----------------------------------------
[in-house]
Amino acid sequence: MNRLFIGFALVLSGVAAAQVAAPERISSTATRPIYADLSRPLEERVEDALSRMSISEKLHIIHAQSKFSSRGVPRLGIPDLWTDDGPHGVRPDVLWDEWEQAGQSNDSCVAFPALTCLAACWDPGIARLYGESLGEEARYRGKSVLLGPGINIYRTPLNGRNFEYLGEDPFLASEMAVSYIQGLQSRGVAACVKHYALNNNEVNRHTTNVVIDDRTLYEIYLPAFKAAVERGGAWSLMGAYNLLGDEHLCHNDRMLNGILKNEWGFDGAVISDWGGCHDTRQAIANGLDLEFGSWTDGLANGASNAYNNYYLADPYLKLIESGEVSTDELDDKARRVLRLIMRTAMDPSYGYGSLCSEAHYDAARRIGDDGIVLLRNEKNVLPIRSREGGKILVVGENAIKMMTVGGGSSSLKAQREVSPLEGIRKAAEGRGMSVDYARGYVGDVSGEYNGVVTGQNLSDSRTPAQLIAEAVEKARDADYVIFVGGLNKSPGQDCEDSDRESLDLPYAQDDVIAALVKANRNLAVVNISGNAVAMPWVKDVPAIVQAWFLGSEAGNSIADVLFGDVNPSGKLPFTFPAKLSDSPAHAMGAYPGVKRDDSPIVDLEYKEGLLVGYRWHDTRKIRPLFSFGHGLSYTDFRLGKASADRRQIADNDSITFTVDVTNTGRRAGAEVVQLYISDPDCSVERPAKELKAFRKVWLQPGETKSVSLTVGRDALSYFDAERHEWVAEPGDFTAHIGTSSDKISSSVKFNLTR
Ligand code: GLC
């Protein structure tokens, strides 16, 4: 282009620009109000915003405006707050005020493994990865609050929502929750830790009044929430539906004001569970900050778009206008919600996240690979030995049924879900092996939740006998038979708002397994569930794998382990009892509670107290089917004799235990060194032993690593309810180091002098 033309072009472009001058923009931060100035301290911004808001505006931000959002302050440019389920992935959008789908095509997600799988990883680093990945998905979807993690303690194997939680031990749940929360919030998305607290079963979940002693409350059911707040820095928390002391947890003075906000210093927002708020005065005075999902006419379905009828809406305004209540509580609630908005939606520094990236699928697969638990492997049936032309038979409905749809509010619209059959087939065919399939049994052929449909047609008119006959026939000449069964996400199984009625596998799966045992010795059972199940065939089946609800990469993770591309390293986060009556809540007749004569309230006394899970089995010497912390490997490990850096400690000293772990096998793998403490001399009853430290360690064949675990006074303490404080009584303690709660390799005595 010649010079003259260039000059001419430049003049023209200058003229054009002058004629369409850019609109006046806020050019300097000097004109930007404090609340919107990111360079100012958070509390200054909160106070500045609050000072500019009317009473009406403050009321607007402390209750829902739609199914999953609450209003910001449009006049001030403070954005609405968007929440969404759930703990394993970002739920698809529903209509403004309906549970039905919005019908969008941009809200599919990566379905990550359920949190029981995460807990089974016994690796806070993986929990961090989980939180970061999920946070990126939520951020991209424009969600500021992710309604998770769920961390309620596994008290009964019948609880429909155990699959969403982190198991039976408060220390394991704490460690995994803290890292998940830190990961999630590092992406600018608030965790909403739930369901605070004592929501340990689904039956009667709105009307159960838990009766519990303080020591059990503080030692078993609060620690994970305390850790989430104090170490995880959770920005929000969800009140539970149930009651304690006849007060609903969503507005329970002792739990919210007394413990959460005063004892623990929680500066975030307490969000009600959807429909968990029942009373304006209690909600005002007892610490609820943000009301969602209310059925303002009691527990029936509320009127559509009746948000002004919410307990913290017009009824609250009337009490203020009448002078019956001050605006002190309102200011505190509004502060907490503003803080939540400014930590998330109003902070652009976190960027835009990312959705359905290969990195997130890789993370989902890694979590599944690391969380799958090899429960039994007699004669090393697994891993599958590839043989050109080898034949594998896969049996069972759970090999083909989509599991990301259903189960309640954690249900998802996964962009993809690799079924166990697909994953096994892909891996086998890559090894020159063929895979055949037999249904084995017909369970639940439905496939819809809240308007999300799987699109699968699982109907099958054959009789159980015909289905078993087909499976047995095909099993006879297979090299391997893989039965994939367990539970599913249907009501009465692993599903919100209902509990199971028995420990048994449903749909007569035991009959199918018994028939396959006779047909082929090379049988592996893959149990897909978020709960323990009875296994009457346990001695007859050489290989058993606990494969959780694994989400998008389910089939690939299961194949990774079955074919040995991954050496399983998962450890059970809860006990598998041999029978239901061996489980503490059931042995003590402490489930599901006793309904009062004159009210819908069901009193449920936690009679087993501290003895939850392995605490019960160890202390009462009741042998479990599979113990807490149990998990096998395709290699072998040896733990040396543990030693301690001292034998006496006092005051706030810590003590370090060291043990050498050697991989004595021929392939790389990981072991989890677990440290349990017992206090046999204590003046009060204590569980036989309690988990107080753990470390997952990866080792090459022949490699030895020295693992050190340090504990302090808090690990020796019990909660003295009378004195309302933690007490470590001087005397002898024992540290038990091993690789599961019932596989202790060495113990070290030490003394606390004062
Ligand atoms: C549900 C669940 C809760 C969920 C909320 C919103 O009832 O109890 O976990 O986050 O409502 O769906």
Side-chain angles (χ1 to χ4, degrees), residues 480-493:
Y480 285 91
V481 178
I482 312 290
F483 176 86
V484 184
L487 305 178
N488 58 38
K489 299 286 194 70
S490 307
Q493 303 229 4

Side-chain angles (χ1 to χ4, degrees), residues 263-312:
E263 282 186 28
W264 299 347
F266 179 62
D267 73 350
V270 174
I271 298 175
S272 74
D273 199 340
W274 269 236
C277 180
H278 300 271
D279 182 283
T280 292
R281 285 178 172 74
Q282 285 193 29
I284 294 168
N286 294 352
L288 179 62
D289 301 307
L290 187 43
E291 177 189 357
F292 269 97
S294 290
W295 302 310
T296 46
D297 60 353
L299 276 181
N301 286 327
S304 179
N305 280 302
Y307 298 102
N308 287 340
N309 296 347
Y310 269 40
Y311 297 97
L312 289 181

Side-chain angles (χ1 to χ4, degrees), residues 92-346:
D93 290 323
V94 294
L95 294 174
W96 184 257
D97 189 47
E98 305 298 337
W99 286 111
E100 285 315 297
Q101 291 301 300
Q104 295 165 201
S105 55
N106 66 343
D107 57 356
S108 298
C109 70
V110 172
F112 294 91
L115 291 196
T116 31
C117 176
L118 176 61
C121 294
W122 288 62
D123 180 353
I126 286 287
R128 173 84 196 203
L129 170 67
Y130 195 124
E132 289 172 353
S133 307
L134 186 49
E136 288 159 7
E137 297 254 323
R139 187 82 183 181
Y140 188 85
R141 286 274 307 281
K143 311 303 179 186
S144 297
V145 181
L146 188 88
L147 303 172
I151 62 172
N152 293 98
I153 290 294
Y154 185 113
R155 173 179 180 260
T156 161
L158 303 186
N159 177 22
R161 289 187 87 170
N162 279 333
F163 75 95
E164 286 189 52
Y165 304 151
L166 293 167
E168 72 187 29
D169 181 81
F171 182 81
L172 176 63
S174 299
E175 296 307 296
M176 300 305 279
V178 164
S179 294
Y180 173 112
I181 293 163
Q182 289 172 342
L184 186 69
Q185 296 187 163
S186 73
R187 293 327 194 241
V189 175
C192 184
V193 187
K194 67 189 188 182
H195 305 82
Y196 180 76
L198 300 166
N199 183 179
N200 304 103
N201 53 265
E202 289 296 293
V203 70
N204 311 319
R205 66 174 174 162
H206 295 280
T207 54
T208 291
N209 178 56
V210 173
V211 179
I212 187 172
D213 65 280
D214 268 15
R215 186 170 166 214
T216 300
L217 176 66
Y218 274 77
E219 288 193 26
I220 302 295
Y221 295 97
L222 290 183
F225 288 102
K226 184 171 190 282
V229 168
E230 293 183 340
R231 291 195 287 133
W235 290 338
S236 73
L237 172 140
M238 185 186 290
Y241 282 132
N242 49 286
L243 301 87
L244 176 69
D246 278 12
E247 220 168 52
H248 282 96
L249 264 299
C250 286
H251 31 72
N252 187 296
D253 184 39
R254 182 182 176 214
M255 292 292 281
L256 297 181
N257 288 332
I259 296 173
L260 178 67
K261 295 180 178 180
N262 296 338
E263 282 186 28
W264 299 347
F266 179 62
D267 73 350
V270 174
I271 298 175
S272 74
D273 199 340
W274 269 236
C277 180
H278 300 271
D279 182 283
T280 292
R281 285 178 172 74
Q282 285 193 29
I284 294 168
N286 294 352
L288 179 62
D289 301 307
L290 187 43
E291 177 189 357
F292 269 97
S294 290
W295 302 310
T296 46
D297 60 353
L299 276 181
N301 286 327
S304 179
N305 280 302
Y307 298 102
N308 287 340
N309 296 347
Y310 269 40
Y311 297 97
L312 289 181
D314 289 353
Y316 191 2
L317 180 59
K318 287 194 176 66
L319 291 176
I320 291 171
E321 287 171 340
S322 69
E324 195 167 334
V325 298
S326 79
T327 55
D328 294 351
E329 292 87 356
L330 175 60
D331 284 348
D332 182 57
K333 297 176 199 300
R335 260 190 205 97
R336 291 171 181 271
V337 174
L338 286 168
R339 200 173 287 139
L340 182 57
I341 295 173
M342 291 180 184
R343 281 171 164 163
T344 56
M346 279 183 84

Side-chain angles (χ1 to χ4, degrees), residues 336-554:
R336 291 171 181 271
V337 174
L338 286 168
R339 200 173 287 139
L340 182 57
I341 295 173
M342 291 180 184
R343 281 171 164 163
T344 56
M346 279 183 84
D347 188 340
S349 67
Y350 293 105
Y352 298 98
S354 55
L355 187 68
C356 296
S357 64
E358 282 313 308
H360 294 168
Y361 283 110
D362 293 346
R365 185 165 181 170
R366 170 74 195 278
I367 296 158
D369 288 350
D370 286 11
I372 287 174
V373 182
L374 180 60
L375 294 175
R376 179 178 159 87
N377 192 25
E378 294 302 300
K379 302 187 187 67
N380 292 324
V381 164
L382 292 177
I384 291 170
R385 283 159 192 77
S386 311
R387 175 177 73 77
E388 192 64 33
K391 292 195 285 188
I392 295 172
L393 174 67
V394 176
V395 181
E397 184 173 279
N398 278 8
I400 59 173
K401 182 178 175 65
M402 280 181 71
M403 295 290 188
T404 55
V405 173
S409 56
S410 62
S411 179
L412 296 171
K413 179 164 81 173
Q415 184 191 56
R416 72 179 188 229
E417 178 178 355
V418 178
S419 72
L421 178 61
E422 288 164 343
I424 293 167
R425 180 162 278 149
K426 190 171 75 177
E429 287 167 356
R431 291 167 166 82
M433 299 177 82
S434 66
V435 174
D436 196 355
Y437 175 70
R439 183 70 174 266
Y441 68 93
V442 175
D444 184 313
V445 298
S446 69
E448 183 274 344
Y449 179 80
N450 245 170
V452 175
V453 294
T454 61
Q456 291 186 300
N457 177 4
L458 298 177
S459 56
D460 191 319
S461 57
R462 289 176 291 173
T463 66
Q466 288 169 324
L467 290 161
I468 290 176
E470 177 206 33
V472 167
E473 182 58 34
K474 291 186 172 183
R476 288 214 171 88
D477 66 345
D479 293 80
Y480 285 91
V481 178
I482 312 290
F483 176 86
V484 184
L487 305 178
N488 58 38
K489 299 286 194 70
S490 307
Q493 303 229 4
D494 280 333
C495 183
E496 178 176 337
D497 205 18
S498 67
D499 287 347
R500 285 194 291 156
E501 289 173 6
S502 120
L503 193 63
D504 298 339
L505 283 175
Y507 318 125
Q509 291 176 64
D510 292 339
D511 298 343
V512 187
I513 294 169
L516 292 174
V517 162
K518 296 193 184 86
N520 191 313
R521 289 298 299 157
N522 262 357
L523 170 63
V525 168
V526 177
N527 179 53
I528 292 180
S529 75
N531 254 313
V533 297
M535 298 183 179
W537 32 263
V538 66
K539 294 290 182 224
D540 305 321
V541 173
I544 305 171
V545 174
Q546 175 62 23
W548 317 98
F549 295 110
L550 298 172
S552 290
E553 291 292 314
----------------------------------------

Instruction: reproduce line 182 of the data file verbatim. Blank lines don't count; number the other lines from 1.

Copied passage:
I259 296 173